And elected officials? Don’t get me started. To my eternal chagrin, I am living during a time of history when much of the political body of the United States has been hijacked by the insane religious types who think that SELECTIVE sections of the Old Testament should be used to govern the people. SELECTIVE. If they ever tried to apply the complete letter of the law, women would be scourged for wearing red and the rest of us would be sent to concentration camps for enjoying clams on the half shell. And the horrifying latest: a gay teenager at the Norman, Oklahoma city council session deciding whether or not to declare October as Gay History Month in town kills himself after witnessing many of his fellow citizens basically saying that he and his ilk didn’t deserve to live in America in pursuit of life, liberty, and the pursuit of happiness. Way to go! Nice Christians, eh? (Yet the measure passed… ) 

The “bullies” we hear so much about– have they been taught that this is WRONG? Where are the parents? What have had to teach their kids about basic decency? In many cases, apparently NOTHING. So many of these parents are intent on acting like eighteen-year-olds themselves… so I’m not surprised. I’m sorry, but everyone seems to want to pas the bully blame onto the schools. But kids go FROM home TO school. They should be better prepared in how to treat their fellow men! But yes, schools should be held 100% responsible when action is NOT taken, even after one complaint.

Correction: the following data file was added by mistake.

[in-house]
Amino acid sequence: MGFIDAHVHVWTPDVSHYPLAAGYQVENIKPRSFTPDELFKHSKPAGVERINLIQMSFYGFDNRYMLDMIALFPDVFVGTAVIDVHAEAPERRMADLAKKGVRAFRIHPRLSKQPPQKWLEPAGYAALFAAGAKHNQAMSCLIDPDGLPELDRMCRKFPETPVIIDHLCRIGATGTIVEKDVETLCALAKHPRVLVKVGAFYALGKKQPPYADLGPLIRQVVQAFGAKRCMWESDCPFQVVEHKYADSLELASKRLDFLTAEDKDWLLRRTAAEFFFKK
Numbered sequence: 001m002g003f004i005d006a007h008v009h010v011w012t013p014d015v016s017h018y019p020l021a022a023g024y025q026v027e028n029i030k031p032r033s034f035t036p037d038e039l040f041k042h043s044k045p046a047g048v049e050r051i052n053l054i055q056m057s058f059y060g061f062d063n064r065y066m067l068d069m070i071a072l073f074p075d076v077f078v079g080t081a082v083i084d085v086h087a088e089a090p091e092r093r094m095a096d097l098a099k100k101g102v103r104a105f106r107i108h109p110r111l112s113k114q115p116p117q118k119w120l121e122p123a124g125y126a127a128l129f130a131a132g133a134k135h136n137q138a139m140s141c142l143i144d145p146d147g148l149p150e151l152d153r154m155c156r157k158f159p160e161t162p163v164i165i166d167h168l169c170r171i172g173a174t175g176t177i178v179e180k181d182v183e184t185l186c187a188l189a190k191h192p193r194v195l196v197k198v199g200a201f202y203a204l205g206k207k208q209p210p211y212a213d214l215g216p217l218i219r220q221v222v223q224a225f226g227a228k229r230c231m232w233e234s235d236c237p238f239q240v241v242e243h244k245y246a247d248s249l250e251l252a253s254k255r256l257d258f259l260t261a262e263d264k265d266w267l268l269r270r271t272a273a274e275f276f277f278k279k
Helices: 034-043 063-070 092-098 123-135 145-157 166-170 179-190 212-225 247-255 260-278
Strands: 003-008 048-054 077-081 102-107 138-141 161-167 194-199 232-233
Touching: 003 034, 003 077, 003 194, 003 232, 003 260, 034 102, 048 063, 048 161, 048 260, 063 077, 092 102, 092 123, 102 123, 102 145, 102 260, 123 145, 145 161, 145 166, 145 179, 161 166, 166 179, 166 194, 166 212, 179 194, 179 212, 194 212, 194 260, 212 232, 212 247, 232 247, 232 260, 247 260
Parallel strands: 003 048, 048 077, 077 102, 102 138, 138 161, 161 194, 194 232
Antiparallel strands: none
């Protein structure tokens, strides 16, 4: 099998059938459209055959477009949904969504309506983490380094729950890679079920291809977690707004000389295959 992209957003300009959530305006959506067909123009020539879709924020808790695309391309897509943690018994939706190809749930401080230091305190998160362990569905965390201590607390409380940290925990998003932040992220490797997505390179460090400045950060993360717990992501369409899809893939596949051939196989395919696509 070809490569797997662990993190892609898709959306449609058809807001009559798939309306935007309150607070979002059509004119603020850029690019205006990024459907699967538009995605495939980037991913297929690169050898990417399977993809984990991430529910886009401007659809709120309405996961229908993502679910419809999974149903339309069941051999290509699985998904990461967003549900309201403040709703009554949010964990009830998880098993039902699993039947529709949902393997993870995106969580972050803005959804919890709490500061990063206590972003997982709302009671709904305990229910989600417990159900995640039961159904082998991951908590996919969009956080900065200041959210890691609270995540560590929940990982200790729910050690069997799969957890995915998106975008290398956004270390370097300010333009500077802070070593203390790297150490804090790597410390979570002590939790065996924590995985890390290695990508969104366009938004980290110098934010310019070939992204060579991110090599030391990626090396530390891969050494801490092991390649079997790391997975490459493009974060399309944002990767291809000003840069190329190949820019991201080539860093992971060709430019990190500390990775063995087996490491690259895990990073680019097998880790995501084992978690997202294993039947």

(And not that she was gay, but that poor dead girl in Ohio who was STILL made fun of in her coffin by the girls who bullied her to death– I hope, somehow, she will be able to watch as the lot of them are horse-whipped in the town square.)

And what of parents who decide to throw their gay children out into the streets? It happens, over and over. Rather than love their children, they succumb to some crackpot religious or political theory, and their kids end up lost in so many ways: lost, helpless, on drugs, perhaps even dead. THIS is parenting? These parents need to be 100% culpable– this is child abuse at its most heinous. Parents like this need to be hauled in and made accountable.

And the rest of us… how many of us just watch? I’m thankful for those of us who love unconditionally: the people, gay and straight, who build the help centers and march in the parades and reach out and try to LEARN. These people are COOL. Those little fundamentalist congregations marching against their OWN children? Not cool. Major religions swimming in their own decadence, yet loudly proclaiming who is or isn’t going to heaven or hell? Not cool. There’s so much NOT cool… yet there’s a lot that IS cool. There is hope.